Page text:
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Bible Commentaries

Whedon's Commentary on the Bible
Genesis 18

 

 

Verse 1

ENTERTAINING ANGELS, Genesis 18:1-15.

1. The Lord appeared — This is the sixth revelation of promise to Abraham. 1) The call and promise while yet in his father’s house.

Genesis 12:1 to Genesis 3:2) At the oak of Moreh. Genesis 12:7. 3) After his separation from Lot. Genesis 13:14 to Genesis 17:4) The covenant of the Word and vision of chap. 15. 5) The covenant of circumcision, in chap. 17. And after this sixth revelation, and after Isaac’s birth, when God will test the patriarch once more, we have the seventh revelation in connexion with the offering of Isaac in the land of Moriah. Genesis 22:1-18. Thus the father of the faithful has a sevenfold revelation of promise and of prophecy.

Plains of Mamre — Or, oaks of Mamre. See on Genesis 13:18.

Sat in the tent door in the heat of the day — A truly Oriental picture. Travellers at the present day often observe the like; the sheik sitting under an awning or in the shade of a tree or grove, and ready to repeat the ancient style of hospitality to the passing traveller.


Verse 2

2. Three men — An angelophany, in which the celestial messengers took on the form and habits of ordinary men. It appears from what follows that one of these was the Angel of Jehovah, (see note on Genesis 16:7.) who speaks in the Divine name and represents Deity himself. Comp. Genesis 18:13; Genesis 18:17; Genesis 18:20; Genesis 18:22; Genesis 18:26; Genesis 18:33. But such a manifestation of Jehovah in human form appears extraordinary, and has been made the subject of ridicule by unbelievers. What! they say, God eating veal along with Abraham! Abraham washing God’s feet, and feeding him with cakes! That is worse than heathen idolatry. But the same difficulty holds with the theory that the three men were angels. Did Abraham wash the feet of angels and feed them with veal and cakes? That seems clearly to be the purport of the narrative; and before we hasten to pronounce it absurd or heathenish, let us calmly consider why such a theophany and such an angelophany should be thought incredible? It will not be denied that God has the power thus to manifest himself. He could have assumed a human form, and done all that is here recorded. But it is assumed that such action is incompatible with the divine majesty and the spiritual nature of God. But who knows this? Or who is competent to say that it was improper, and unworthy of Jehovah to reveal himself thus in human form to the father of the faithful?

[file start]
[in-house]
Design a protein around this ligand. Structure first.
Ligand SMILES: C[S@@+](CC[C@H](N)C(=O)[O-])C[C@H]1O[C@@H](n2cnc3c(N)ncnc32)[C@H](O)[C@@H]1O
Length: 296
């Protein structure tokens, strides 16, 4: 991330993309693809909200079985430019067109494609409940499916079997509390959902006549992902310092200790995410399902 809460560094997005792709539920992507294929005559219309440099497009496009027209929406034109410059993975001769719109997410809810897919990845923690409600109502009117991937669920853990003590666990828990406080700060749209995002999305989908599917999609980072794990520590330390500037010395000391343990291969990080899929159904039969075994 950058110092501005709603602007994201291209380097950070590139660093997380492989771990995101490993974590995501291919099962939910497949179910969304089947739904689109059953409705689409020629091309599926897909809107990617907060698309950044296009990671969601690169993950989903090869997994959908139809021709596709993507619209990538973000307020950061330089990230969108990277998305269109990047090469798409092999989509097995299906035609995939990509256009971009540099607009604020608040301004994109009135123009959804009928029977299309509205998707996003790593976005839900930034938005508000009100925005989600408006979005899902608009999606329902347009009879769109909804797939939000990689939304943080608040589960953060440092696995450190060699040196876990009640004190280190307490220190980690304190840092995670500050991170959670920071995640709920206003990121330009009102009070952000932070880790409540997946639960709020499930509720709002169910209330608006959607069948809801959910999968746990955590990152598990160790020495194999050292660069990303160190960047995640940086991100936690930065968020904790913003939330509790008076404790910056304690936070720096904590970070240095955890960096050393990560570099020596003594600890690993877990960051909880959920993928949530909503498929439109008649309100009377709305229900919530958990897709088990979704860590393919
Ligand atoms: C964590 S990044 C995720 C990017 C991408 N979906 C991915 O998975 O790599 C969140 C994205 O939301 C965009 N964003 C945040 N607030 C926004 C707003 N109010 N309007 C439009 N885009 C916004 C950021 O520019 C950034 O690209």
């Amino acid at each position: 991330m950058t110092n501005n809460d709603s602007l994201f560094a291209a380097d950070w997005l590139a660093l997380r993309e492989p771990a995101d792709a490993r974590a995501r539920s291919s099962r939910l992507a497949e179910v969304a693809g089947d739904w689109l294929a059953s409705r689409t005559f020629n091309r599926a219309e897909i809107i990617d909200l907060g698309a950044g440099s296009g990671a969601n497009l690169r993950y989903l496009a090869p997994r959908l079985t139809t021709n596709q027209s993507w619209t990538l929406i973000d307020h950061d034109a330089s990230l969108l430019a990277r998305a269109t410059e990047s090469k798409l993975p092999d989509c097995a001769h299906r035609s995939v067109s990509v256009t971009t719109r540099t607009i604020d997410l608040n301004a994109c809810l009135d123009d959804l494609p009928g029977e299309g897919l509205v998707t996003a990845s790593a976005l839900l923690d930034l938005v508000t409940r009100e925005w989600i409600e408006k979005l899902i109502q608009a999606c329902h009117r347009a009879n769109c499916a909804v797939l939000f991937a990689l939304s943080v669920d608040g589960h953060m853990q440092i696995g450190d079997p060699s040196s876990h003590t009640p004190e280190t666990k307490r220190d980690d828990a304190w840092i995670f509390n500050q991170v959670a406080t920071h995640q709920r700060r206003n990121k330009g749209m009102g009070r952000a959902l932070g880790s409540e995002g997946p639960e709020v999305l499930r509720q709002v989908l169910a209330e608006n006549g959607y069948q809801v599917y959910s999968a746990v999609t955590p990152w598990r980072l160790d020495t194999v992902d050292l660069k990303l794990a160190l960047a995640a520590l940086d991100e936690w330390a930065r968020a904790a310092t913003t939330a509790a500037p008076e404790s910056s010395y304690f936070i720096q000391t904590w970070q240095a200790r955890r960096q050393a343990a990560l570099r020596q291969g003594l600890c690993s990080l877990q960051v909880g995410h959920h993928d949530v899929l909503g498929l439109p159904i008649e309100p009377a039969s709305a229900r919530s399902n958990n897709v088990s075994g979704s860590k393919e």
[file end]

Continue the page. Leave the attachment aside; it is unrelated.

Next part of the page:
It would, indeed, be unseemly and idolatrous for us to represent God under a human or any other form. This is expressly forbidden. Exodus 20:45. But if God may reveal himself in a pillar of cloud, or a pillar of fire, or a burning bush, why not also in a human form?

The Christian who believes that God was “manifest in the flesh” in the person of Jesus Christ, will not regard this theophany with strange wonder, or incredulity. When we consider the special purpose of this appearance of Jehovah to Abraham, namely, to bring Sarah to a belief in the promise, we may well suppose that the human form would have been the most suitable semblance under which Jehovah could appear. Such a theophany would adumbrate the future seed, the Christ of God, born of a woman, yet declared to be the Son of God, with power; who would eat and drink with men, and wash the feet of his disciples, that he might teach them the same lesson of humble service. He was seen and ministered unto by angels. He, even after his resurrection, ate before his disciples, to convince them that he was no unsubstantial spectre. Luke 24:43. So the God of Abraham makes this revelation a most intense reality to him, and through him to Sarah, that she may become partaker of his faith, and a proper mother of the chosen seed.


Verse 3

3. My Lord אדני, Adonai, not Jehovah, as the Targum of Onkelos here reads. The patriarch thus seems to address himself to one of the three messengers, as if in him he recognised at once the Angel who had visited him before. But we may translate it as plural, my lords. Comp. Genesis 19:2; Genesis 19:18. The passage in Hebrews 13:1, “Some have entertained angels unawares,” is generally supposed to refer to this event and that of Genesis 19:2. We may believe that, at the first, Abraham was not aware that his guests were angels, but that gradually the fact became known to him; or he may have been impressed at once with the feeling that the one was Jehovah’s Angel, while he did not perceive that the others were angels also.

If now I have found favour — Abraham’s language throughout is a genuine and lifelike example of the manner of a hospitable and generous Oriental chief.


Verse 4

4. Wash your feet — Ablutions of all kinds are very common in the East, and considered essential as safeguards against the leprosy. But feet washing was among the most common rites of hospitality. Comp. Genesis 19:2; Genesis 24:32; Judges 19:21. The foot was usually protected only by a sandal, and after a journey over the heated roads or fields, the washing of the feet was peculiarly gratifying to the traveller.